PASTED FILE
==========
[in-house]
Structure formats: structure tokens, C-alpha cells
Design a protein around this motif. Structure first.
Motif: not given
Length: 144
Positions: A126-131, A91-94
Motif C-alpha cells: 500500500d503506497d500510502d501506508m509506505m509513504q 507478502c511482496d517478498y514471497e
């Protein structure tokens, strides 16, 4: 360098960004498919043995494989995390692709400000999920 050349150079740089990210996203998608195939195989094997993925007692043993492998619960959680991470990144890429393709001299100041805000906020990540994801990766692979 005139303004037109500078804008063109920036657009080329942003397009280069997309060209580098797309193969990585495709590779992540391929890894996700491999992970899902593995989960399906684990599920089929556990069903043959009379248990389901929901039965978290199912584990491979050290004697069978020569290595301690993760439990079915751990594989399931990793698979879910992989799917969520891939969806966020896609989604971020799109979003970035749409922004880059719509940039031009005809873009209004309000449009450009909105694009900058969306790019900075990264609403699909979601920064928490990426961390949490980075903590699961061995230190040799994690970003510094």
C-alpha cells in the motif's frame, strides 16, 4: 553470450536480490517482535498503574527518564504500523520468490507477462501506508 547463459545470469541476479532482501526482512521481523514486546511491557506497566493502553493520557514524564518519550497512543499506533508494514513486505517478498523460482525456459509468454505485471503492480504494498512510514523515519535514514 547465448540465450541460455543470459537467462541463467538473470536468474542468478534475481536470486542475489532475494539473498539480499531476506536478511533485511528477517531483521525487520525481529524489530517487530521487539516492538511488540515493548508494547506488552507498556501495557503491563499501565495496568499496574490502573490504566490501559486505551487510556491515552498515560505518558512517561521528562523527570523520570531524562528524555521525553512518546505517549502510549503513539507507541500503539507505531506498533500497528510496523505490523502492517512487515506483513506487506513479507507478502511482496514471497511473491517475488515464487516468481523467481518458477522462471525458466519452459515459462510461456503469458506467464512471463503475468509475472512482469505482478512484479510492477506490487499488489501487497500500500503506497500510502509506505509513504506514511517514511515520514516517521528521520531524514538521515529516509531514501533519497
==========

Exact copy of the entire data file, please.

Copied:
[in-house]
Structure formats: structure tokens, C-alpha cells
Design a protein around this motif. Structure first.
Motif: not given
Length: 144
Positions: A126-131, A91-94
Motif C-alpha cells: 500500500d503506497d500510502d501506508m509506505m509513504q 507478502c511482496d517478498y514471497e
């Protein structure tokens, strides 16, 4: 360098960004498919043995494989995390692709400000999920 050349150079740089990210996203998608195939195989094997993925007692043993492998619960959680991470990144890429393709001299100041805000906020990540994801990766692979 005139303004037109500078804008063109920036657009080329942003397009280069997309060209580098797309193969990585495709590779992540391929890894996700491999992970899902593995989960399906684990599920089929556990069903043959009379248990389901929901039965978290199912584990491979050290004697069978020569290595301690993760439990079915751990594989399931990793698979879910992989799917969520891939969806966020896609989604971020799109979003970035749409922004880059719509940039031009005809873009209004309000449009450009909105694009900058969306790019900075990264609403699909979601920064928490990426961390949490980075903590699961061995230190040799994690970003510094």
C-alpha cells in the motif's frame, strides 16, 4: 553470450536480490517482535498503574527518564504500523520468490507477462501506508 547463459545470469541476479532482501526482512521481523514486546511491557506497566493502553493520557514524564518519550497512543499506533508494514513486505517478498523460482525456459509468454505485471503492480504494498512510514523515519535514514 547465448540465450541460455543470459537467462541463467538473470536468474542468478534475481536470486542475489532475494539473498539480499531476506536478511533485511528477517531483521525487520525481529524489530517487530521487539516492538511488540515493548508494547506488552507498556501495557503491563499501565495496568499496574490502573490504566490501559486505551487510556491515552498515560505518558512517561521528562523527570523520570531524562528524555521525553512518546505517549502510549503513539507507541500503539507505531506498533500497528510496523505490523502492517512487515506483513506487506513479507507478502511482496514471497511473491517475488515464487516468481523467481518458477522462471525458466519452459515459462510461456503469458506467464512471463503475468509475472512482469505482478512484479510492477506490487499488489501487497500500500503506497500510502509506505509513504506514511517514511515520514516517521528521520531524514538521515529516509531514501533519497